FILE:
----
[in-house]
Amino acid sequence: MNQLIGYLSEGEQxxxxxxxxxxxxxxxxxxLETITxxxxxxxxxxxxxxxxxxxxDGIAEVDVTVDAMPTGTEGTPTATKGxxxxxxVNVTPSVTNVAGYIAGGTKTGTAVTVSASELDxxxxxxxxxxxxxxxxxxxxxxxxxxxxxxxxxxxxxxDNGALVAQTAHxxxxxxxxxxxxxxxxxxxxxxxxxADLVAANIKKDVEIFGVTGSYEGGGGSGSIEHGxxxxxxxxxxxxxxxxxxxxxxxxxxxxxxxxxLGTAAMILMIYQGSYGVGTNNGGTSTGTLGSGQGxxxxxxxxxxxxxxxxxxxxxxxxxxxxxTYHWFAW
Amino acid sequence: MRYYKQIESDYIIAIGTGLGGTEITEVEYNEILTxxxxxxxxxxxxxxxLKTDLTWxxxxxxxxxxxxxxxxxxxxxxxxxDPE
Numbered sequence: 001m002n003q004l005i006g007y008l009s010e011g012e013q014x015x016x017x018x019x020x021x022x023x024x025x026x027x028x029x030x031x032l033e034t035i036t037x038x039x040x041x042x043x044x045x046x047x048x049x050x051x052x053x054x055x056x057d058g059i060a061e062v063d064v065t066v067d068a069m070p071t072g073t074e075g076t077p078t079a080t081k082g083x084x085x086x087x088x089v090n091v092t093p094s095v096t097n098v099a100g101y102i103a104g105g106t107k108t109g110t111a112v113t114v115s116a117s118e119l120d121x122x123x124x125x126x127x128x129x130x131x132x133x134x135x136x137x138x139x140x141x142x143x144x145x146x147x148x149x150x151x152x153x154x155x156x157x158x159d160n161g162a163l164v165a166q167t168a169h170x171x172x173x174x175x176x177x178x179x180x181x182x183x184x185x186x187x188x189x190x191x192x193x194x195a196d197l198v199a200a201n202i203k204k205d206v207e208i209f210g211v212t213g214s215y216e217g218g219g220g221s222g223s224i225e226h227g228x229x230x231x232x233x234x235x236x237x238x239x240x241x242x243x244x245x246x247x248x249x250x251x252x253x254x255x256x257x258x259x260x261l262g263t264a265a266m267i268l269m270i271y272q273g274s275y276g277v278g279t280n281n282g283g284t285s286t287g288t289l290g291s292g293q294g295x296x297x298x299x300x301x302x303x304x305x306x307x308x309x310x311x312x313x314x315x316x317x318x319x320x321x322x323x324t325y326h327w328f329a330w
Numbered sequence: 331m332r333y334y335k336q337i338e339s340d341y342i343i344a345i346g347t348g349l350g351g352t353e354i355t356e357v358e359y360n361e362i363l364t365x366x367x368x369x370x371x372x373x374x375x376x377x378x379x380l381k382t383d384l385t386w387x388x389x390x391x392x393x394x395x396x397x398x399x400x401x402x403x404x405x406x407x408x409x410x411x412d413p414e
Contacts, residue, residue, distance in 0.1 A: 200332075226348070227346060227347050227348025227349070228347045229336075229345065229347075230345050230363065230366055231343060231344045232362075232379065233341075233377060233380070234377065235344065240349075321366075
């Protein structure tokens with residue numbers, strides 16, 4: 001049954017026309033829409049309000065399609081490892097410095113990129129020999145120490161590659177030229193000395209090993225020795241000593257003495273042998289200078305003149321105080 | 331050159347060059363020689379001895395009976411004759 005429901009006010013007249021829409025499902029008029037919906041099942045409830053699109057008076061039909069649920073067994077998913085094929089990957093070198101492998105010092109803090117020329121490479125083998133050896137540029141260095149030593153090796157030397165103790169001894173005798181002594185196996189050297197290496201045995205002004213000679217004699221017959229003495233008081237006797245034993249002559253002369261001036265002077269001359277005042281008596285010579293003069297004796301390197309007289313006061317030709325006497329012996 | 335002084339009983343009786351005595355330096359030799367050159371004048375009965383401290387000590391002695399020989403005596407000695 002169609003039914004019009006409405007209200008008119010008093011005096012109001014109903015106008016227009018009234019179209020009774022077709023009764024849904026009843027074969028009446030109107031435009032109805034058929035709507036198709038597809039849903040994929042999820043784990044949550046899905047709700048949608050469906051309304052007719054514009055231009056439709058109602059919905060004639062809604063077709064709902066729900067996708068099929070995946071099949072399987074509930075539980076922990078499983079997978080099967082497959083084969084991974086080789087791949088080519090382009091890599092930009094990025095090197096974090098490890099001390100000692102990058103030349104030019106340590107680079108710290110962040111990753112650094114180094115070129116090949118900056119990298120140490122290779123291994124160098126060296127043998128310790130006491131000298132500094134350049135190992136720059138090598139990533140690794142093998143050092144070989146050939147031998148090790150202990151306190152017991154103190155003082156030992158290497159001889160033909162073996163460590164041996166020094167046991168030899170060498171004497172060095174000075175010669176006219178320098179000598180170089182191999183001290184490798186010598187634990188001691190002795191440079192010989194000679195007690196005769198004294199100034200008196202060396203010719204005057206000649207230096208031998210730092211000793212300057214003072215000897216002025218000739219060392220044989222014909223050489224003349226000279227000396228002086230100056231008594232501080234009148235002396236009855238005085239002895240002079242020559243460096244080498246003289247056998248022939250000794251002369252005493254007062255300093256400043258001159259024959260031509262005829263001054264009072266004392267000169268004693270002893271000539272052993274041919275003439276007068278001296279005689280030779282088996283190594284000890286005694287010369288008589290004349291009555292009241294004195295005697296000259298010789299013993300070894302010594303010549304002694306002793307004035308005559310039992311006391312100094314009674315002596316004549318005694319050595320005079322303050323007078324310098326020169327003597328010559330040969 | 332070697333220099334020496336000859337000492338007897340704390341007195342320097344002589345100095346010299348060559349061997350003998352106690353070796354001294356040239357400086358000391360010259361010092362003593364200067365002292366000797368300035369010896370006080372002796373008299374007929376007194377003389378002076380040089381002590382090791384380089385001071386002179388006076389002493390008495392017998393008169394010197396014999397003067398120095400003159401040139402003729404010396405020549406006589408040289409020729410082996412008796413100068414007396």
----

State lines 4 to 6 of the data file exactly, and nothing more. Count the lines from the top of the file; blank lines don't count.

Numbered sequence: 001m002n003q004l005i006g007y008l009s010e011g012e013q014x015x016x017x018x019x020x021x022x023x024x025x026x027x028x029x030x031x032l033e034t035i036t037x038x039x040x041x042x043x044x045x046x047x048x049x050x051x052x053x054x055x056x057d058g059i060a061e062v063d064v065t066v067d068a069m070p071t072g073t074e075g076t077p078t079a080t081k082g083x084x085x086x087x088x089v090n091v092t093p094s095v096t097n098v099a100g101y102i103a104g105g106t107k108t109g110t111a112v113t114v115s116a117s118e119l120d121x122x123x124x125x126x127x128x129x130x131x132x133x134x135x136x137x138x139x140x141x142x143x144x145x146x147x148x149x150x151x152x153x154x155x156x157x158x159d160n161g162a163l164v165a166q167t168a169h170x171x172x173x174x175x176x177x178x179x180x181x182x183x184x185x186x187x188x189x190x191x192x193x194x195a196d197l198v199a200a201n202i203k204k205d206v207e208i209f210g211v212t213g214s215y216e217g218g219g220g221s222g223s224i225e226h227g228x229x230x231x232x233x234x235x236x237x238x239x240x241x242x243x244x245x246x247x248x249x250x251x252x253x254x255x256x257x258x259x260x261l262g263t264a265a266m267i268l269m270i271y272q273g274s275y276g277v278g279t280n281n282g283g284t285s286t287g288t289l290g291s292g293q294g295x296x297x298x299x300x301x302x303x304x305x306x307x308x309x310x311x312x313x314x315x316x317x318x319x320x321x322x323x324t325y326h327w328f329a330w
Numbered sequence: 331m332r333y334y335k336q337i338e339s340d341y342i343i344a345i346g347t348g349l350g351g352t353e354i355t356e357v358e359y360n361e362i363l364t365x366x367x368x369x370x371x372x373x374x375x376x377x378x379x380l381k382t383d384l385t386w387x388x389x390x391x392x393x394x395x396x397x398x399x400x401x402x403x404x405x406x407x408x409x410x411x412d413p414e
Contacts, residue, residue, distance in 0.1 A: 200332075226348070227346060227347050227348025227349070228347045229336075229345065229347075230345050230363065230366055231343060231344045232362075232379065233341075233377060233380070234377065235344065240349075321366075